One of the unknowns throughout the season when it comes to a team’s young, controllable players is what the cutoff will be for service time for Super Two players. It’s why there’s generally a lot of talk surrounding stud prospects when May and June roll around each year — teams are guesstimating when the earliest they can bring a player up without starting their clock toward Super Two status will be.
According MLBTraderumors’ Tim Dierkes, the cutoff this year is expected to be two years and 146 days of service.
Basically what that means is any player with fewer than three years of service time in the major leagues — but more than two years, 146 days — is eligible for four years of arbitration instead of the standard three.
The official list of Super Two players has not been released but by MLBTraderumors’ calculations, there are 27 major leaguers eligible for Super Two status this offseason and three of them are Nationals in Jordan Zimmermann, Tyler Clippard and Roger Bernadina. UPDATE: The MLBTraderumors post on this topic has been amended this afternoon to exclude Bernadina from this list. However, Bernadina has exactly two years, 146 days of service, according to BaseballReference.com, so he would indeed qualify if that is where the cutoff is officially. The loophole here could be that players need to also serve at least 86 days on the major league roster that year and Bernadina who was shuttled between Syracuse and Washington a few times, only served 83.
If their list is indeed correct, what it means is that all three of those players have the ability to negotiate for their 2012 salary this offseason — which means they will cost the Nationals more than if they were simply renewing their contracts as all other pre-arbitration players do. It does not mean that they will become a free agent earlier down the road.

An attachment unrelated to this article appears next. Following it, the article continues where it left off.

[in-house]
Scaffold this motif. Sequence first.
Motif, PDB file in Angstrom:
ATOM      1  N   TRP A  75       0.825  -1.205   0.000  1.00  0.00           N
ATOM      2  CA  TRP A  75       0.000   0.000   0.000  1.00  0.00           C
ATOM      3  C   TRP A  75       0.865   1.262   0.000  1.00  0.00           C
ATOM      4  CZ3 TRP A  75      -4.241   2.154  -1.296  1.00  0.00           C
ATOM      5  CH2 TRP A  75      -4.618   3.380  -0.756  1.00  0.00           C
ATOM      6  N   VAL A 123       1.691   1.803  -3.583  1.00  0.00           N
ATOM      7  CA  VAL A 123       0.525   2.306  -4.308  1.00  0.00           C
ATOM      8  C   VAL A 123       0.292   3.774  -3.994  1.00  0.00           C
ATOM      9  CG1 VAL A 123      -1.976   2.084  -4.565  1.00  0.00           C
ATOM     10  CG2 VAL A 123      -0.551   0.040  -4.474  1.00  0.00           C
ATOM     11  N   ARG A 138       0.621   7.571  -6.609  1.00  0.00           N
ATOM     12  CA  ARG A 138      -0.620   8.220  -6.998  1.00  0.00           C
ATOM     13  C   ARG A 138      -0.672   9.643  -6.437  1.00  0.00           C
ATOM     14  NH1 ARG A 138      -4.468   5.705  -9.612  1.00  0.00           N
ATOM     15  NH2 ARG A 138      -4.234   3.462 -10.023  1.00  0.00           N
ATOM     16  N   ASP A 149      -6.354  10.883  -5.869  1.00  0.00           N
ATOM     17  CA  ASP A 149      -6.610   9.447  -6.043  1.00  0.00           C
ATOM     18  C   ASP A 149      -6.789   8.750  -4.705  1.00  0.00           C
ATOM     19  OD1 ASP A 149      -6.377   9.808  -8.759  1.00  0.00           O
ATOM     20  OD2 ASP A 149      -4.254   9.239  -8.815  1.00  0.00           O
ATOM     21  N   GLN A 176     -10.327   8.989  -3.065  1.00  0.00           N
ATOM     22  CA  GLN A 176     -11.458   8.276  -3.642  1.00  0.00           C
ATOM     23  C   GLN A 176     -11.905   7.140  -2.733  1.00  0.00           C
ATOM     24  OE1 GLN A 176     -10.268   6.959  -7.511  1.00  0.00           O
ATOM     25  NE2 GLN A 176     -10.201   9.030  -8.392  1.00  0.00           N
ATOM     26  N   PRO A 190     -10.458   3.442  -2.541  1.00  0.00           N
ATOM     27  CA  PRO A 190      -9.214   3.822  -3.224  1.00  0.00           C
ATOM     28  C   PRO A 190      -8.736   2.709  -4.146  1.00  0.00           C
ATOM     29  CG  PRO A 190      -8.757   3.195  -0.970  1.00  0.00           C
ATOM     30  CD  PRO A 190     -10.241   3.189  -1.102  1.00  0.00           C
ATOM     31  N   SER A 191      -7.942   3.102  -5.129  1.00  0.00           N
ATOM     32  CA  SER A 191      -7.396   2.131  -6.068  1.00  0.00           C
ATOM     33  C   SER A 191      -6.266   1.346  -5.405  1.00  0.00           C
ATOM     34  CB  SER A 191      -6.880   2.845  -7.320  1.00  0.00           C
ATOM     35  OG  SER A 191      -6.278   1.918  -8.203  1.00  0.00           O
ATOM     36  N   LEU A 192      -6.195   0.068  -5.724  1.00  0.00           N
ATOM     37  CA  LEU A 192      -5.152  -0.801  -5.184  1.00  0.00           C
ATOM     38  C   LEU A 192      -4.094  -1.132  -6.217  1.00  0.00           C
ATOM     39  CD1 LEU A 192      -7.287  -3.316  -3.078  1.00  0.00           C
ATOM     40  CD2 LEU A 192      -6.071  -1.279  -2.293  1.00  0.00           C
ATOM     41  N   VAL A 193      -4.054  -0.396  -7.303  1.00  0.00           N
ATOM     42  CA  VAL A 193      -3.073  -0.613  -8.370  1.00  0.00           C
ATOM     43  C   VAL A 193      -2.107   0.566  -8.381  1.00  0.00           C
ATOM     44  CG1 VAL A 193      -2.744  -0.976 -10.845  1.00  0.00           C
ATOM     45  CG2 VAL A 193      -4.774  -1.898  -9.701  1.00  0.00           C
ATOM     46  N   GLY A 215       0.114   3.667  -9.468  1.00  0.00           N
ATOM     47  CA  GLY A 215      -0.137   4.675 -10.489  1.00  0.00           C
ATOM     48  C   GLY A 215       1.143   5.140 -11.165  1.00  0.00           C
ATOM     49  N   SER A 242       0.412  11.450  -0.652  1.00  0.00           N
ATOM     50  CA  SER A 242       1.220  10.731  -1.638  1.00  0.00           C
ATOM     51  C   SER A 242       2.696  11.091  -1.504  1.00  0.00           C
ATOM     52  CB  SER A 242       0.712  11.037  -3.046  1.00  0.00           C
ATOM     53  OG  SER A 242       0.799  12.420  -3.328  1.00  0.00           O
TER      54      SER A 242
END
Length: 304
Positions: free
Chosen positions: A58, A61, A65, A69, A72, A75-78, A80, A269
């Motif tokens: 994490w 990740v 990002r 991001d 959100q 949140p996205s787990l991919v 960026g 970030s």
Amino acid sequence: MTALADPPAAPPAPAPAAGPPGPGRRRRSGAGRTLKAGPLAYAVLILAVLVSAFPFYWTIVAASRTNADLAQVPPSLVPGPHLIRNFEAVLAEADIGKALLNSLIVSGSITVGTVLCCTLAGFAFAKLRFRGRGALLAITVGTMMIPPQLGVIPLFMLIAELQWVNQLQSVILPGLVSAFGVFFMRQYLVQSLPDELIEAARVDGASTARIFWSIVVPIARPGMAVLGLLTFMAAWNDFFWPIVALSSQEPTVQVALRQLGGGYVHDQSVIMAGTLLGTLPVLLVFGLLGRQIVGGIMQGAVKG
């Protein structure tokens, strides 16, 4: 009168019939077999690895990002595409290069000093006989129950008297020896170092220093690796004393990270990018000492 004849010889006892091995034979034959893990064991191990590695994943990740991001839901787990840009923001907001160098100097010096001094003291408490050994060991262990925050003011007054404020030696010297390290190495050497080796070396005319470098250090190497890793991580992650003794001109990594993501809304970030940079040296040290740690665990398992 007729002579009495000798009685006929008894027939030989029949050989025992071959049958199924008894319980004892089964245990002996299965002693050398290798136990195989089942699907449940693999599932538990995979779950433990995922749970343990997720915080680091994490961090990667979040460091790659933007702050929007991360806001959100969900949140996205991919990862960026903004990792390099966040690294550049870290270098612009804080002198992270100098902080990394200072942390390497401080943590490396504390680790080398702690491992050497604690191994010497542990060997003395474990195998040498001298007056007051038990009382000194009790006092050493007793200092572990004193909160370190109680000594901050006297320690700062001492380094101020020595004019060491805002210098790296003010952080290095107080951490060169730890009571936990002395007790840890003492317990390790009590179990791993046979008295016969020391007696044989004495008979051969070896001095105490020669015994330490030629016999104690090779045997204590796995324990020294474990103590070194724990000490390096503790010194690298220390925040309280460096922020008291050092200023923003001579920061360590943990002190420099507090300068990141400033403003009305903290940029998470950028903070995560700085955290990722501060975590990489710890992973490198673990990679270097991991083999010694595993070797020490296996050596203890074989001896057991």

As far as their respective service time counts go, Bernadina just squeaks in with two years, 146 days of service. Clippard has racked up two years, 148 days and Zimmermann two years, 154 days.
Other than the obvious economical boon to the player, the only other major consequence of qualifying for Super Two status is that it can — in some cases — force a team to consider a non-tender. If a team has a player they’re considering whether or not he will be a part of their roster for the upcoming season, knowing that they’ll have to go to arbitration with that player this year — and that he’ll cost them more in the next four years before he reaches free agency — can be a deterrent.
What this means for the Nationals we’ll have to watch as it plays out in the coming weeks as the team and the players exchange figures.